It's always a bonus having an event like this in a hotel, since there is way less traipsing around between classes and you can always pop back to your room without leaving the building. Another good call was to assign levels to particular rooms. There were classes at beginner, intermediate and advanced level, and it was the teachers that moved, instead of the students.
The only downside to this was that the advanced class had the smallest room, and there was no ventilation. Any attempts to open the doors for a slight through breeze were stamped upon by the duty manager with mutterings of "fire regulations".
The Leofric also came across with the goodies in the food stakes. Instead of having to hunt around the gastronomic delights of Coventry, the restaurant provided excellent lunch and evening buffets for a fiver or less. As breakfast was included in the bargain £25-a-night accommodation cost and parking in the multi-storey next door was free, it was the Lindy Hopper's motherlode - lots of dancing at very little expense!
Imelda: No news yet on the shoe collection.
Blaire, Virginie, Steve, Janna and Judy
Saturday night was posh frocks time, with the whole ballroom area opened up and Blue Harlem on stage. They have become regulars at the venue in recent years, having appeared at the 1999 and 2001 Coventry Jazz Festivals.
This time they had their new singer with them. Aisha Khan's decision to explore other avenues left the band in need of a new vocalist. The place has been filled by Imelda Clabby, who definitely looks and sounds the part. In a shimmering evening dress and a flower in her hair, she took to the BH repertoire effortlessly. Her appearances were interspersed with the fine swing that the band produces on its own during numbers like One O'clock Jump, Flying Home and 9.20 Special.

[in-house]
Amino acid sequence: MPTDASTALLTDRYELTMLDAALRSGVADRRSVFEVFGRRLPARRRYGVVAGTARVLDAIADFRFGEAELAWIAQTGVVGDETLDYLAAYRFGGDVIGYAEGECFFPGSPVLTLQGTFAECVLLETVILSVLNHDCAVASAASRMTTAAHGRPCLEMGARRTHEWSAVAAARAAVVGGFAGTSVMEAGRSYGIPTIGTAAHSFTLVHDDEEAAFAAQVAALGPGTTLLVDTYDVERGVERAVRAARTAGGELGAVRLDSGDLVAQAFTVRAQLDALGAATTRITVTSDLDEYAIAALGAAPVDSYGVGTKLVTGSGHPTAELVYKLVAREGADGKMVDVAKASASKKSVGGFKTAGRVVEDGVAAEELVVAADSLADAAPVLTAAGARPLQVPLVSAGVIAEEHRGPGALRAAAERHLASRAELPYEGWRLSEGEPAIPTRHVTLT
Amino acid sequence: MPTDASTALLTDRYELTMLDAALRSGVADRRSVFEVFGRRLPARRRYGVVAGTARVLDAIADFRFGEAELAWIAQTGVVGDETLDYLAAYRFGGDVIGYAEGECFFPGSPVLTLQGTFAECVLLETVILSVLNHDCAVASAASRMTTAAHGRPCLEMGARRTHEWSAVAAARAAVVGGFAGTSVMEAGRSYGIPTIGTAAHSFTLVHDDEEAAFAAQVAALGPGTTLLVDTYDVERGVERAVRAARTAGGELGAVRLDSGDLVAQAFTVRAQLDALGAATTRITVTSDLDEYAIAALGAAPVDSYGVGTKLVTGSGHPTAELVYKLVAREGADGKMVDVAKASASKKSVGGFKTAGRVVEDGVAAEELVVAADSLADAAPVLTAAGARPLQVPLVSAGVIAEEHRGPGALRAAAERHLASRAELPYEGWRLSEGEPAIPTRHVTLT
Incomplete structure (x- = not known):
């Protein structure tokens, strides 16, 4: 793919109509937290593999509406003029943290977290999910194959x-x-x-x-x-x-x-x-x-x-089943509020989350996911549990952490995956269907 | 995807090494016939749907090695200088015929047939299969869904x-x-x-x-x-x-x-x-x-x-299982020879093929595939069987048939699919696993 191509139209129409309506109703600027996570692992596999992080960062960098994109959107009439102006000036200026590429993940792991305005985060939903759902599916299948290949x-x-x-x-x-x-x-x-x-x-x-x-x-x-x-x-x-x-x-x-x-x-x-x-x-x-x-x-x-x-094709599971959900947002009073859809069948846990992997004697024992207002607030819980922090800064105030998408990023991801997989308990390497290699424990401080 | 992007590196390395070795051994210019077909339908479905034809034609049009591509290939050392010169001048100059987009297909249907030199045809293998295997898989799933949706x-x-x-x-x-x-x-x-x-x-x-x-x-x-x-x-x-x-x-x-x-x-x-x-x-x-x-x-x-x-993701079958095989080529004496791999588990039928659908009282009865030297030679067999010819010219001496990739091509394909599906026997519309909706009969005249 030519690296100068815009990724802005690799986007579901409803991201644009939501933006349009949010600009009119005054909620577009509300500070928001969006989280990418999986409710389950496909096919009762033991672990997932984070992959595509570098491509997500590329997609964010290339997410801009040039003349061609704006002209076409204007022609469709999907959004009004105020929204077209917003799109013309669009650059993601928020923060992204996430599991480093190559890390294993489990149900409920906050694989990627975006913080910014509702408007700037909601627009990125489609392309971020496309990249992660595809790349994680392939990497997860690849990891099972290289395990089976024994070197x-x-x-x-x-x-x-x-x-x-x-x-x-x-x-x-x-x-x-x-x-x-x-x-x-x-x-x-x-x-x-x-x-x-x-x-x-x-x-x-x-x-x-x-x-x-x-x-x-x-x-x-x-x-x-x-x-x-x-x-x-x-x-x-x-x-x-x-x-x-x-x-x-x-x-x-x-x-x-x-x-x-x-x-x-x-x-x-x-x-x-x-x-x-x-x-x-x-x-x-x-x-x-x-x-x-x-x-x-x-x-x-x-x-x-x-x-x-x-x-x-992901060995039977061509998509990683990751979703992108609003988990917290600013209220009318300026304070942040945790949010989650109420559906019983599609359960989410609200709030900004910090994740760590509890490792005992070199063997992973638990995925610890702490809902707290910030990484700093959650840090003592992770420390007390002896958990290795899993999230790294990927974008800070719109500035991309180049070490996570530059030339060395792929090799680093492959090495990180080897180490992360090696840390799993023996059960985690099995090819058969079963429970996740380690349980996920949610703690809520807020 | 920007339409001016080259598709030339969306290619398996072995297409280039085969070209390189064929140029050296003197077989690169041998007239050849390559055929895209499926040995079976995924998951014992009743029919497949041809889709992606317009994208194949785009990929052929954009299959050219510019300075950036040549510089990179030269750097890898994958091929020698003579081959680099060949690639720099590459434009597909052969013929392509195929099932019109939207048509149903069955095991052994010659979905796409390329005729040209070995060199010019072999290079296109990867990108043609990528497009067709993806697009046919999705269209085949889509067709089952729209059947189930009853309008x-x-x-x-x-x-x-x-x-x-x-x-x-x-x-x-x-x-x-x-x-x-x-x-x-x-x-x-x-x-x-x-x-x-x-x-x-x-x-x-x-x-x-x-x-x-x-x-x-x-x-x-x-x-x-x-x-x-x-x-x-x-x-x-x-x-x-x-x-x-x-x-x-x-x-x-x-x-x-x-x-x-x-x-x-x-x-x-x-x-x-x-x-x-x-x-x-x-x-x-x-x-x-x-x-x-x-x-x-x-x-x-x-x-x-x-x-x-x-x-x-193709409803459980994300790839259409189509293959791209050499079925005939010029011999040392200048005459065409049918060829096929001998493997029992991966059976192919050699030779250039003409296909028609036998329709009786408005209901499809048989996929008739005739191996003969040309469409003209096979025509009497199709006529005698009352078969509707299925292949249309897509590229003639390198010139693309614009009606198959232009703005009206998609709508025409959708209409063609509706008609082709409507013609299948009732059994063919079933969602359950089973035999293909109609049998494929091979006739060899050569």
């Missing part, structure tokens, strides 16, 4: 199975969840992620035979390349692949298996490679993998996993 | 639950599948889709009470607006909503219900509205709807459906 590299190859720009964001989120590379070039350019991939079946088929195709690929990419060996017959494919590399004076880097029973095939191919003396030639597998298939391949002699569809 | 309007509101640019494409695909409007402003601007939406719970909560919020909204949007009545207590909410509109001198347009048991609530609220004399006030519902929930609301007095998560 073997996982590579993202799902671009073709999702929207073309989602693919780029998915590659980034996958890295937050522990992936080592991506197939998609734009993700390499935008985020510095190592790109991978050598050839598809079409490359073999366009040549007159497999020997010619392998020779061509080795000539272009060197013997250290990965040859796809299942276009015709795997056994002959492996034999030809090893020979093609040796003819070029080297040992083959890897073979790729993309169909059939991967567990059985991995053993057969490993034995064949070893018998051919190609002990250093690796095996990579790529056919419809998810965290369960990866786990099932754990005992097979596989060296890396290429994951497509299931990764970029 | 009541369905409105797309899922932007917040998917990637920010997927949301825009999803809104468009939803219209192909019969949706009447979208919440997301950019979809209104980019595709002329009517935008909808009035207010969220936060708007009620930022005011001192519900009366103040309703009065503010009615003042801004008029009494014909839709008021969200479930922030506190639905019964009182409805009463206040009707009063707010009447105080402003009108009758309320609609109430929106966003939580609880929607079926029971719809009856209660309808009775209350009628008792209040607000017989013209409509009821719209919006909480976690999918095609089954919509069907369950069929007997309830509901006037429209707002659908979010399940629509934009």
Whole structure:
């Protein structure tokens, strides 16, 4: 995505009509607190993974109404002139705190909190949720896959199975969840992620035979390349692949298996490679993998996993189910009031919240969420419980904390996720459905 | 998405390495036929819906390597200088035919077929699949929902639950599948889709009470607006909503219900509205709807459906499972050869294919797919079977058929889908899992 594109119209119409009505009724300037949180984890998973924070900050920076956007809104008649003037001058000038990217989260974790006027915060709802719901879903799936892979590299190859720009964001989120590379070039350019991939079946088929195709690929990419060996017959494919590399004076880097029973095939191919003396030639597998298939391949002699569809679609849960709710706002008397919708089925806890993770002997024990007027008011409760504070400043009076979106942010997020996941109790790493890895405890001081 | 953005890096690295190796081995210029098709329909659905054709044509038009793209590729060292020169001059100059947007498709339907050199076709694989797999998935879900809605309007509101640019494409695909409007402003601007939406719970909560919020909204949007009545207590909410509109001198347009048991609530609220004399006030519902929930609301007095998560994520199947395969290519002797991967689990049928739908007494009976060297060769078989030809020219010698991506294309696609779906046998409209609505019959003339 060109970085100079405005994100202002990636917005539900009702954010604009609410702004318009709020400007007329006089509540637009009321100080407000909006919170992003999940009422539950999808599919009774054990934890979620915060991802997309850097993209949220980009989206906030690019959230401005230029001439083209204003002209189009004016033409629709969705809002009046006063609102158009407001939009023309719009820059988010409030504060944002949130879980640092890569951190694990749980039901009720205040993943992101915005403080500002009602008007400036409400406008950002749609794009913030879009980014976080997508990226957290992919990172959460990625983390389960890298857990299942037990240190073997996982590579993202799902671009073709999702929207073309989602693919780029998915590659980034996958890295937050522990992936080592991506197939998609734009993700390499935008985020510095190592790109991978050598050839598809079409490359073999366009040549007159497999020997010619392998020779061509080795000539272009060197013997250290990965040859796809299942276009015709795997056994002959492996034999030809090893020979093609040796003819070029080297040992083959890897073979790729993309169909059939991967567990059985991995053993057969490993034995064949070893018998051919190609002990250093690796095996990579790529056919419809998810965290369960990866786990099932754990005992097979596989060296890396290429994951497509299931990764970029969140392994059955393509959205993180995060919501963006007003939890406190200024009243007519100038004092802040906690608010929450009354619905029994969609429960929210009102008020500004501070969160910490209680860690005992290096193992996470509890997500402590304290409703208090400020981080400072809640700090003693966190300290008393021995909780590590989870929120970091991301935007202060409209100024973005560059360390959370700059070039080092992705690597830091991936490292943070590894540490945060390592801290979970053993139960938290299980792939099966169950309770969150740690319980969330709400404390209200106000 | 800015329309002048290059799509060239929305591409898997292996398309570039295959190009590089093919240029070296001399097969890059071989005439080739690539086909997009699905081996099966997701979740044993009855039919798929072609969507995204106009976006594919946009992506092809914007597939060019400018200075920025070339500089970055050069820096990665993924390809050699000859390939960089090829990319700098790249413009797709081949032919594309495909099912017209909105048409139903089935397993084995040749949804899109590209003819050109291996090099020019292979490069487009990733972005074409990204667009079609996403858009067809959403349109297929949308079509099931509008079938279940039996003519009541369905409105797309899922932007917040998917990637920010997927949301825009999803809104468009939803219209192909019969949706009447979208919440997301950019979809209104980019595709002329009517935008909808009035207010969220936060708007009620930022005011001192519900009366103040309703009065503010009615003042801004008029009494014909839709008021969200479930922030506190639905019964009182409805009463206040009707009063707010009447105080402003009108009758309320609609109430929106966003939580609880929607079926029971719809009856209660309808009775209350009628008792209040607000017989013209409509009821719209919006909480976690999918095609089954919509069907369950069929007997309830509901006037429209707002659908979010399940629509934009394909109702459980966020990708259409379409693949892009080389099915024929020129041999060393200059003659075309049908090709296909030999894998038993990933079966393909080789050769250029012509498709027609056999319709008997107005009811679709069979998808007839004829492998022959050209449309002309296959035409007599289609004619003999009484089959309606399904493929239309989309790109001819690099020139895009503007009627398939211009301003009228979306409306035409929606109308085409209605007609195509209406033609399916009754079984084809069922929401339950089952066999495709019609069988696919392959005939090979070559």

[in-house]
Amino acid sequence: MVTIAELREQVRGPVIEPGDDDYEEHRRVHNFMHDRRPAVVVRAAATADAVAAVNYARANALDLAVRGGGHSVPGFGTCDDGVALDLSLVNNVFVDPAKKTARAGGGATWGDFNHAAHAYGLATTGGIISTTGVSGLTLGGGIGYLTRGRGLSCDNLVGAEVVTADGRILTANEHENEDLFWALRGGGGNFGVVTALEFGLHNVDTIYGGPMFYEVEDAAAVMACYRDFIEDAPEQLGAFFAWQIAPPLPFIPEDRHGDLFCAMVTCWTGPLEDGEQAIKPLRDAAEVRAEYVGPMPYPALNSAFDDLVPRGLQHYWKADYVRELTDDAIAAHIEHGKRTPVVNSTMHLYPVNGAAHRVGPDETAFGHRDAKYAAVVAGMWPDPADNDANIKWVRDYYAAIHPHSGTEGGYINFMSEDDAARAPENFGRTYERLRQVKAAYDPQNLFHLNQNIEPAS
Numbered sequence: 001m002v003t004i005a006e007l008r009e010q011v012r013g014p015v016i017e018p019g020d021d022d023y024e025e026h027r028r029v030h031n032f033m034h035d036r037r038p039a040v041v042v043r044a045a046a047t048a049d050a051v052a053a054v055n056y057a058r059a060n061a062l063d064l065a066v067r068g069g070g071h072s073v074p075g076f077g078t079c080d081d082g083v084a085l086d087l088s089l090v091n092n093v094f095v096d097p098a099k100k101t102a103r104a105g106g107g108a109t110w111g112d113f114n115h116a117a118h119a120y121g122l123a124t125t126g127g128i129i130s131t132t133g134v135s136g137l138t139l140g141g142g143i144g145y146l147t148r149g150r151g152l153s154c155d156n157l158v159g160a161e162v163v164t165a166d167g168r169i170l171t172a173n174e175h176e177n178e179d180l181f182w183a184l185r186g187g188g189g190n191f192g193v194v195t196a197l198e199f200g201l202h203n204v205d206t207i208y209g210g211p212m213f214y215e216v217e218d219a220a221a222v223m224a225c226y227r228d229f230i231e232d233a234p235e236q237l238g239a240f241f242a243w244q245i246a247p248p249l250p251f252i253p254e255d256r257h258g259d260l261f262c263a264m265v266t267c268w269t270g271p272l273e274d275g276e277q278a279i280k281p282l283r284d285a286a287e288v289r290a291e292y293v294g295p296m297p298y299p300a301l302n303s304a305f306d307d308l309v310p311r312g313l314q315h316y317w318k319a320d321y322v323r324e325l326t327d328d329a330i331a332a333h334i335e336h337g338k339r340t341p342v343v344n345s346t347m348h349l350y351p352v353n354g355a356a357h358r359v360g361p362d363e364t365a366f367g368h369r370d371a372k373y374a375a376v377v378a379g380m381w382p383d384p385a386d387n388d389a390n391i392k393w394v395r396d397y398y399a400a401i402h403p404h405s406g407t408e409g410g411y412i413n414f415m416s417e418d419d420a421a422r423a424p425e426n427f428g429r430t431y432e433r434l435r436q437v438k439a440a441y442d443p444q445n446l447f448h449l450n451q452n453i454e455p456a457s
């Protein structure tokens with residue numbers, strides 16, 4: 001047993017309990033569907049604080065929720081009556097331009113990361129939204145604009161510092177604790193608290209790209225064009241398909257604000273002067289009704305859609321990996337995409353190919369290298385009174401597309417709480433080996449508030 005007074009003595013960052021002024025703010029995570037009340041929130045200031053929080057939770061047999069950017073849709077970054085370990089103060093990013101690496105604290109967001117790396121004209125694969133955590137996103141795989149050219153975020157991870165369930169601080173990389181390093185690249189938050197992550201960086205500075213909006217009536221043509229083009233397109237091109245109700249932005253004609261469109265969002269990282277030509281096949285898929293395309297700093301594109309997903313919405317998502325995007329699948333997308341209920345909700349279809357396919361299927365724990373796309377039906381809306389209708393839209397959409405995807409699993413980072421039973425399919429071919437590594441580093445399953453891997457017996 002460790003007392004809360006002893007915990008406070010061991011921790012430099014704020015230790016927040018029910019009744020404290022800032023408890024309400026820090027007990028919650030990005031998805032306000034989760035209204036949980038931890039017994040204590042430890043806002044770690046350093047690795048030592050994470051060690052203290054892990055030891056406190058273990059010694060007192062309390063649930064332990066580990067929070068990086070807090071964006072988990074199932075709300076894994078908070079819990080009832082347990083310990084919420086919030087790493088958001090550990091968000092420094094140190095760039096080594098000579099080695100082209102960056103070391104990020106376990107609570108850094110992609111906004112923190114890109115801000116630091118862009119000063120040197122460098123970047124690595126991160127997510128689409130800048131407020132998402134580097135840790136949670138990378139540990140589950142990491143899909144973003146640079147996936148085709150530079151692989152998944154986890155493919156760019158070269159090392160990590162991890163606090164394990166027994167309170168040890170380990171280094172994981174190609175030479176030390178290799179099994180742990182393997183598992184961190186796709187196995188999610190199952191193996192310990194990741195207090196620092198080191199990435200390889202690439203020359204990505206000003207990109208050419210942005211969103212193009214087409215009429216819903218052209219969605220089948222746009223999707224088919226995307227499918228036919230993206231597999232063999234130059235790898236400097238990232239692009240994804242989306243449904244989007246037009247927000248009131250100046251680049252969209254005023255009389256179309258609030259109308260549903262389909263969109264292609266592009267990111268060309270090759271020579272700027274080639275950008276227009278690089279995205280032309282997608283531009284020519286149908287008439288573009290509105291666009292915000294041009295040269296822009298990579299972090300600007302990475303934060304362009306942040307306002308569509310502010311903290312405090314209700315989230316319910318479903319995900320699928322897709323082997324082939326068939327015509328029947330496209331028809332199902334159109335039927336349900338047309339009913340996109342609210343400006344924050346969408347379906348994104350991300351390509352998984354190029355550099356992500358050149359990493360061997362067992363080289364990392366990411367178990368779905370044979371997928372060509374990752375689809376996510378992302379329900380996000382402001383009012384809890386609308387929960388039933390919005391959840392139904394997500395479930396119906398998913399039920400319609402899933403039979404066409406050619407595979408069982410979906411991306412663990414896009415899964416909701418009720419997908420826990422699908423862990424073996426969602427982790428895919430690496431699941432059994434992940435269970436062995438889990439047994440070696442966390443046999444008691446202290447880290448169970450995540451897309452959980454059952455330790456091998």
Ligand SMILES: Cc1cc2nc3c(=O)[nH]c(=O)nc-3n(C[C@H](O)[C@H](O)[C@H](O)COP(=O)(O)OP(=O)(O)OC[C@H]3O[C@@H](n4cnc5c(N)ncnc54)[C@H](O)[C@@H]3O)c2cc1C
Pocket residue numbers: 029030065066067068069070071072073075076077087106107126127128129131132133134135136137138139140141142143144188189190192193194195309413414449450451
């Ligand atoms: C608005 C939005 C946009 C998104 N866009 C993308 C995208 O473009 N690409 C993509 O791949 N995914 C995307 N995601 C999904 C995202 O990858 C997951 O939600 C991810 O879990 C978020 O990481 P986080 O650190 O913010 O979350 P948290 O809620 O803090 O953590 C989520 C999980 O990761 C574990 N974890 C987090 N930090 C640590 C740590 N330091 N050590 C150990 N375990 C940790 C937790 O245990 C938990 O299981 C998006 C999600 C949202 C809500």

Also appearing behind the decks, on the dance floor and probably in quite a few of the videos that people were filming from the sidelines was Ronnie Slide, up from London for the evening and loving it. His eclectic mix of known classics played by unusual artists was best demonstrated when he played a swing version of The Police song "Walking On The Moon" - sung by actor Jimmy Nail!
Despite the late night, everyone was up for class on Sunday morning, helped by the 10am start for the jazz class - and if you didn't fancy that, you only had to be ready for 11 for the regular classes. A change in the timetable meant that lunch was early and there were two more classes in the afternoon. The weekend ended with a highly sociable tea dance in the ballroom, complete with cake, sandwiches - and of course tea.
When an event goes this well and proves as popular as this one, you have to ask - why wasn't it done before? Part of the answer lies in the huge amount of organising involved, and so it was time to give it up big style for James and Bridget Hamilton. Bridget seemed to be everywhere, checking out classes, registering the arrivals, and even auditioning them to decide the class level! All this with baby Noah crawling around somewhere and only a matter of weeks to go before the new arrival.
By general consent amongst the dancers, the weekend was very enjoyable. The main concern at the end was to get Steve and Virginie back to England as soon as possible. Both were keen to return, although it would help if the next event is also near a golf course, as Steve even brought his clubs for this short visit. One thing's for sure - there shouldn't be too much trouble getting people to attend.